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What are the Legal Elements of a Bounce House Personal Injury Case for a Child?


In pursuing a case or claim for a bounce house injury, there are four elements to establish:

Breach of Duty;
Causation; and
The duty can present itself in different forms. There may be a duty owed on the part of the bounce house operator if there was an agreement or understanding that the bounce house operator was going to provide supervision at the event or home where the bounce house was rented. There would also be a duty on the part of the property owner or the homeowner. In most instances, the homeowner or property owner can delegate a duty but cannot then avoid liability for the negligent acts of another person or company in charge of supervising play on the bounce house.
Next, there must be a breach of duty. In other words, there must be a negligent or careless act of some kind. This can also present itself in the form of inaction. For example, if the supervisor allows teenagers to horse around in the same bounce house as a 5 year old. This can be a breach of the duty of supervision.
The third element relates to causation. The negligent act or breach of duty must be the cause or a cause of the damages or the injuries sustained by the child. As noted above, if a teenager fell on a 5 year old in the bounce house, the negligent act of the supervision would be the cause of the injuries. However, if the 5 year old was jumping in the bounce house and twisted his ankle just be the act of jumping, then there would be not cause or link between the negligent act and the injuries / damages.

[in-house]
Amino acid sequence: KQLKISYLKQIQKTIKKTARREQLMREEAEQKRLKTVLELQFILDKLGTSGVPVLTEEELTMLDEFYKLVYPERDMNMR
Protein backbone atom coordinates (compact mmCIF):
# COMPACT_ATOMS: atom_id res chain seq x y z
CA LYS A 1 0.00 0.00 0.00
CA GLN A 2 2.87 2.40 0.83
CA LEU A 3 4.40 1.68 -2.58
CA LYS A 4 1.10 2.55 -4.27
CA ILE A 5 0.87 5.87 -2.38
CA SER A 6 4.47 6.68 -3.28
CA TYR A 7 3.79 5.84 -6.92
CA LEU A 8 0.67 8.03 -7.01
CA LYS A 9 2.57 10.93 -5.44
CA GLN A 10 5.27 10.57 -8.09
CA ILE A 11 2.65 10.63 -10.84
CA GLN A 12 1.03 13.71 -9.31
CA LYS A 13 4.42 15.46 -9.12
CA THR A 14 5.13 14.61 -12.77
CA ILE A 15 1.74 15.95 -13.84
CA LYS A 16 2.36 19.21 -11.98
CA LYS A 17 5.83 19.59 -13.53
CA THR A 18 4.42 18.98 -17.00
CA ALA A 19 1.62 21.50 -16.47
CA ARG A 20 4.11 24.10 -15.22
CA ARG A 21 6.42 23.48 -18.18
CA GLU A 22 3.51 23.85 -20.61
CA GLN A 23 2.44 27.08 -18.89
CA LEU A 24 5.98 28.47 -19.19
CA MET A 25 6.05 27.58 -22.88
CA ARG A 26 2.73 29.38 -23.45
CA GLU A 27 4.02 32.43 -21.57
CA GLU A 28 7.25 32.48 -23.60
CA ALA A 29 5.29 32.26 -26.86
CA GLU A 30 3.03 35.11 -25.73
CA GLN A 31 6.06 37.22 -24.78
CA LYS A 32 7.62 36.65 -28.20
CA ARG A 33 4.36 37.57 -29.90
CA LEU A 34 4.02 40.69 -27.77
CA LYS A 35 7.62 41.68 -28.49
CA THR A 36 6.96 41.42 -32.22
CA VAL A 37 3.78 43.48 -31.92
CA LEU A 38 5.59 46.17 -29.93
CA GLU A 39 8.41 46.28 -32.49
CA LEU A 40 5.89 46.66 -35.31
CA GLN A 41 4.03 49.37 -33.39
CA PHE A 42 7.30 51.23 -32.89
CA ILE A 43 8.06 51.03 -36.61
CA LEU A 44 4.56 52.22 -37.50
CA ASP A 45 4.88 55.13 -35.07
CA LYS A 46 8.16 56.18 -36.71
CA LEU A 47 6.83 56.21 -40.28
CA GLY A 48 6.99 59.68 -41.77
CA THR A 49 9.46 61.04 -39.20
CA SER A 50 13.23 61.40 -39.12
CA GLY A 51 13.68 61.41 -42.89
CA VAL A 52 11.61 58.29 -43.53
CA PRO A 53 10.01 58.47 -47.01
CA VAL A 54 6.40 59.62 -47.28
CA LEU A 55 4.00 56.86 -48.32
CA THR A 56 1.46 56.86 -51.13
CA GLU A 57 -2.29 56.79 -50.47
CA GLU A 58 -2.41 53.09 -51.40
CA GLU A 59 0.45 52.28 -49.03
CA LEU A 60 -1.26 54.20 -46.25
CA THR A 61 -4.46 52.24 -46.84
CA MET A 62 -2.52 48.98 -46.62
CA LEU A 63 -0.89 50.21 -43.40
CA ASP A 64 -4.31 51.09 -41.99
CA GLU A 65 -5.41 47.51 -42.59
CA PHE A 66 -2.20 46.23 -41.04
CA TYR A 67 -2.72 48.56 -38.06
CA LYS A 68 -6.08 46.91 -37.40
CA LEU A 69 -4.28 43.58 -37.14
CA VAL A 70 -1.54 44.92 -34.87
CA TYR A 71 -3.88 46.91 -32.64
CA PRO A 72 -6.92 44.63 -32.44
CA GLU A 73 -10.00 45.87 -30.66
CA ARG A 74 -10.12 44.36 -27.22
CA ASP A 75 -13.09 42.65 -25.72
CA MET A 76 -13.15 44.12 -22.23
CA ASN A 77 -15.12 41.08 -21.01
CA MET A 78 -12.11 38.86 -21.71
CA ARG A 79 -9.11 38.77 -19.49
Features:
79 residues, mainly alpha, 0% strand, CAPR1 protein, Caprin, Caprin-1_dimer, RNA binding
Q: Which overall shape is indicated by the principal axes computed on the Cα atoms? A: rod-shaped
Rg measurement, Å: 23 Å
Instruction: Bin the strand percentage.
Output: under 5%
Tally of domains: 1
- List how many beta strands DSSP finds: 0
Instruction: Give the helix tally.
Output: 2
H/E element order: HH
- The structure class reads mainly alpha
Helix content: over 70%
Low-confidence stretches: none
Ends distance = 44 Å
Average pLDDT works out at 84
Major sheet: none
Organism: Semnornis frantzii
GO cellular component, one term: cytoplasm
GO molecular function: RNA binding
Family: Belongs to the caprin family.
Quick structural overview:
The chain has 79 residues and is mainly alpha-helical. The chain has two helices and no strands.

The fourth element relates to damages. There can be a negligent or careless act that constitutes a breach of duty; however, if there are no injuries / damages OR the injuries / damages are very minor – then the element of damages may be lacking.
Keep in mind that each case or claim should be evaluated on its own facts and merits. In addition to the four elements listed above, there are other challenge that may present themselves in other forms. For instance, liability insurance may be an issue. Hopefully, the negligent party carried liability insurance. For the bounce house operator, this would be in the form of commercial / business liability insurance. For the homeowner, this would be in the form of homeowner’s insurance. Unfortunately, many homeowner’s insurance policies exclude coverage for trampoline and / or bounce house related personal injuries. Another factor to consider is the location of the incident. Liability / negligence laws vary from state to state.
David Wolf is a personal injury and child injury attorney with over 28 years of experience.  He is the author of 12 books that focus on injury and safety issues including the book titled – The ABCs of Child Injury – What Every Parent Should Know – Legal Rights of the Injured Child. Get this book for free at The ABCs of Child Injury.Attorney David Wolf provides a free consultation on all personal injury matters.  David Wol firmly believes in Giving a Voice to Injured Children and Their Families.
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